A YOUNG carer who set up her own karate club at the age of 12 now has letters after her name after being honoured in this year’s British Citizen Youth Award (BCyA).

Bethan Owen, 15, from Bodelwyddan was recognised for her incredible efforts at a formal presentation held at the Palace of Westminster.

The awards – run in association with Specsavers – seek to highlight the many acts of bravery, kindness and compassion carried out by young people.

The pupil of Ysgol Emrys Ap Iwan in Abergele – who set up her not-for-profit karate academy in Rhyl in 2015 and launched her second academy in Llandudno last December – received her BCyA medal from Ashley Banjo, creative director and lead dancer of Diversity.

Since the age of five, Bethan has helped her dad, Garry care, for her mum, Julie, who suffers with severe epilepsy.

At seven years’ old, Bethan was introduced to karate.

The teenager has since achieved her black belt, gained her instructor’s badge and in March this year received a ‘Point of Light’ Award from Prime Minister Theresa May.

Dad Garry said: “We couldn’t be more proud of Bethan.

“She has gone through so much but, through her karate training, she has been able to help so many people in the community.

“Before we headed to the awards, Bethan was nervous but also excited.

“She couldn’t sleep the night before. It was the first awards that Julie was able to come to.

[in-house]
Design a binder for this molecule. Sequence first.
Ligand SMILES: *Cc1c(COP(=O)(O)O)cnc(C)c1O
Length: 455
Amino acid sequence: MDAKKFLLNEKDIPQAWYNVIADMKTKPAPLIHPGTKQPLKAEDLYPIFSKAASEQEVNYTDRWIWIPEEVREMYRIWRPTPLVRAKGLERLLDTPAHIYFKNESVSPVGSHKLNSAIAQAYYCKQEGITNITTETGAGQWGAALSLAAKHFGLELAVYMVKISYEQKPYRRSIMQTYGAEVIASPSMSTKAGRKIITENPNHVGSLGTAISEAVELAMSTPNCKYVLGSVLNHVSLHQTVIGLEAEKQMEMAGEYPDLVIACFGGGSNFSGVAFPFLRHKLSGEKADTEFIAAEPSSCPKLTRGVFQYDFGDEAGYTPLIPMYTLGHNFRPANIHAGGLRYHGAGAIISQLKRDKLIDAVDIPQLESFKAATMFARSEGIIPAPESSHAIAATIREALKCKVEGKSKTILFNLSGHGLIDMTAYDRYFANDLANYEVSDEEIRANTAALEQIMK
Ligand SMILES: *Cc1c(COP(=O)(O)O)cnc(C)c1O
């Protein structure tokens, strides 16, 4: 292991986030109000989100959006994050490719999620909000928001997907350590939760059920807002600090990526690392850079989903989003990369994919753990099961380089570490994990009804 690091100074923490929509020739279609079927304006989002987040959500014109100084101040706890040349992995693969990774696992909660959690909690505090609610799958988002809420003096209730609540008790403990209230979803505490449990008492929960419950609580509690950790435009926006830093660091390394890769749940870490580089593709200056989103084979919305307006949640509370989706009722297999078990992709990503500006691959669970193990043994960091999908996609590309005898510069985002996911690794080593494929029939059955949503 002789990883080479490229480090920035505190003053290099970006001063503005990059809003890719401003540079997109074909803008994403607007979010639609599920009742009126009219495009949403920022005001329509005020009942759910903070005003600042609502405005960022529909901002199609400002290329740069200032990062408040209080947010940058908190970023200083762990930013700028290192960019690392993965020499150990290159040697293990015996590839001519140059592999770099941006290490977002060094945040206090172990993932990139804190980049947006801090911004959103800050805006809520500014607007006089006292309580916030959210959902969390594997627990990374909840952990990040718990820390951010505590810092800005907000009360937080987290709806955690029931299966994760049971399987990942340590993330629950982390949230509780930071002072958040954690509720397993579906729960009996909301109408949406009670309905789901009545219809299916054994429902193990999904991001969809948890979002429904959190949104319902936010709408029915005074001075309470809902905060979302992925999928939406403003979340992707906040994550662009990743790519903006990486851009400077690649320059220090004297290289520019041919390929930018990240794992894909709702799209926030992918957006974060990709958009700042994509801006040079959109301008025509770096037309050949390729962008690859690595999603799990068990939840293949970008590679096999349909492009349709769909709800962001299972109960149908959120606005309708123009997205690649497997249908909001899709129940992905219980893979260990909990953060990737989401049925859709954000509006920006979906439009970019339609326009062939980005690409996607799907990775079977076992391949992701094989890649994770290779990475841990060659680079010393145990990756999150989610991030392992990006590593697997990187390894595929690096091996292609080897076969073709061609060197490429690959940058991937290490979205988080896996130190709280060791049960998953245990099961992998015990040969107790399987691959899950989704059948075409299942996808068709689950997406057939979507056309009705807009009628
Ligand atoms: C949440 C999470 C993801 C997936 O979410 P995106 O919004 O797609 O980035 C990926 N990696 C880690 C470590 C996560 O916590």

“Ashley (Banjo) was fantastic. He was so tall. He must be about seven foot. I said to him ‘you need to come down about four feet’.”

Garry added proudly: “They say the BCyA is the equivalent of OBE, so she can use the initials after her name.

“The palace itself was absolutely beautiful. Before we went into the presentation, we had these beautiful cakes – like an afternoon tea.

“After the event, we had a lap of honour on an open-top London bus.

“We are so proud of Bethan. She takes everything in her stride. Bethan’s granddad, Kenneth, helps with funding the club and has never yet missed an event. He follows Bethan everywhere.”

Bethan, who is going for her second degree black belt in November, said: “I feel honoured to have won the award, to hear other people’s stories.

“Karate has given me so many opportunities. Unfortunately, my mum’s illness will never go away but I am so glad I can help other people.”

Bethan was one of 24 children from across the UK who were recognised by the BCyA.

Both of her academies offer children and adults the opportunity to take up martial arts.

The clubs attract carers looking after relatives and help to boost confidence and self-esteem.

Ashley Banjo said it was an honour to be involved in the awards.

“What a fantastic way to recognise these young people that have made a difference to their communities!” he said.

“These inspirational young people are making a difference and encouraging other young people to do the same.”